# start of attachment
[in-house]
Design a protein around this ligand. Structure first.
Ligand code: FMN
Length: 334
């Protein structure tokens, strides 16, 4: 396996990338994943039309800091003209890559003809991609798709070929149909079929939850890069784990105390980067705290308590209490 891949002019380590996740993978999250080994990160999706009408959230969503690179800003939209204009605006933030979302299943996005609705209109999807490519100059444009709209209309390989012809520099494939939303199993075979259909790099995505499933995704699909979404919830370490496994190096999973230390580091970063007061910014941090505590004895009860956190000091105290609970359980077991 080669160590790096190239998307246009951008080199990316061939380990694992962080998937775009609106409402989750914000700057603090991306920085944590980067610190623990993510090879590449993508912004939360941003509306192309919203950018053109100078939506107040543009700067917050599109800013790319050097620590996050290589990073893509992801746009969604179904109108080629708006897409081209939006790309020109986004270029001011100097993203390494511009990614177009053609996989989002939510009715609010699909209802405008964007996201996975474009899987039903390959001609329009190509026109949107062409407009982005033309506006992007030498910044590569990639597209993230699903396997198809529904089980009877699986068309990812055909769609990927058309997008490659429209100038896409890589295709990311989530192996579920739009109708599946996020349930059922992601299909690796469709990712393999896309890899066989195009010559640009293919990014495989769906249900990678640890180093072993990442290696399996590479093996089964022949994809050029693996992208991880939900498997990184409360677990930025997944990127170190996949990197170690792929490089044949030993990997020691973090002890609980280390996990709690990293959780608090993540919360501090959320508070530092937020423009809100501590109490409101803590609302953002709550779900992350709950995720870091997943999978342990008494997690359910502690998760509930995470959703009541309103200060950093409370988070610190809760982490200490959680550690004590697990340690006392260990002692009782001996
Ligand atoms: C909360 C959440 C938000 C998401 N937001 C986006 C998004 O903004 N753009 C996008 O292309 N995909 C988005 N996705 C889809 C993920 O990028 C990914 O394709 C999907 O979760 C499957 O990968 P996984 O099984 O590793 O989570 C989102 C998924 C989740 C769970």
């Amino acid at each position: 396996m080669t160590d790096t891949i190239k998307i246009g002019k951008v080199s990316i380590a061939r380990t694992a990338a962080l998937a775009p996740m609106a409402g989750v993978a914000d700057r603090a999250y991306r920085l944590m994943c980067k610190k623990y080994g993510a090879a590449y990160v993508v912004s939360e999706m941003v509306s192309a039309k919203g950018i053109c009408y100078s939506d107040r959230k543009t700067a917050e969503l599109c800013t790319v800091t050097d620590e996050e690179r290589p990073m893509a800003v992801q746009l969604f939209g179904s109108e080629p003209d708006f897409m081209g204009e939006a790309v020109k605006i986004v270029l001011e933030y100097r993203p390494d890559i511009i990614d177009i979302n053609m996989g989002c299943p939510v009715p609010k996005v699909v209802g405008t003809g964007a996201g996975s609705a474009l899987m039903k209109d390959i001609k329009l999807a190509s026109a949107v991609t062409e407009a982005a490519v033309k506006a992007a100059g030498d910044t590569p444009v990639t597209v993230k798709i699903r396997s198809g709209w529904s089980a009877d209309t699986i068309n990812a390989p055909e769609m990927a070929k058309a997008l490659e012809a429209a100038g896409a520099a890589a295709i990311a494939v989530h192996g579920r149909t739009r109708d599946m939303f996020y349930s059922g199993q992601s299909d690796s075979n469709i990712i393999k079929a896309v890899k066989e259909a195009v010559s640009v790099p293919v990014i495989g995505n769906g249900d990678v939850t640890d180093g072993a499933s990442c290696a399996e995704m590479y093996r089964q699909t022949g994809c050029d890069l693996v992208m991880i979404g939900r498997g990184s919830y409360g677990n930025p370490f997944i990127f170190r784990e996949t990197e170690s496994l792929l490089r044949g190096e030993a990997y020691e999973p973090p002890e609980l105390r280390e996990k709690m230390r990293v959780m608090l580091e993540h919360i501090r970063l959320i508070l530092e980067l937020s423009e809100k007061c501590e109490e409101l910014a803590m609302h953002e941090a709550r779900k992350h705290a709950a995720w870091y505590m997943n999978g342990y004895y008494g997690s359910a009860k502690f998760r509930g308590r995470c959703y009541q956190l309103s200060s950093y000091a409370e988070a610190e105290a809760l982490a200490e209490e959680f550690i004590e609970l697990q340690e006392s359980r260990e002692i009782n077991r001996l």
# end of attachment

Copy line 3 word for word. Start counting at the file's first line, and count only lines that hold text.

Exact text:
Ligand code: FMN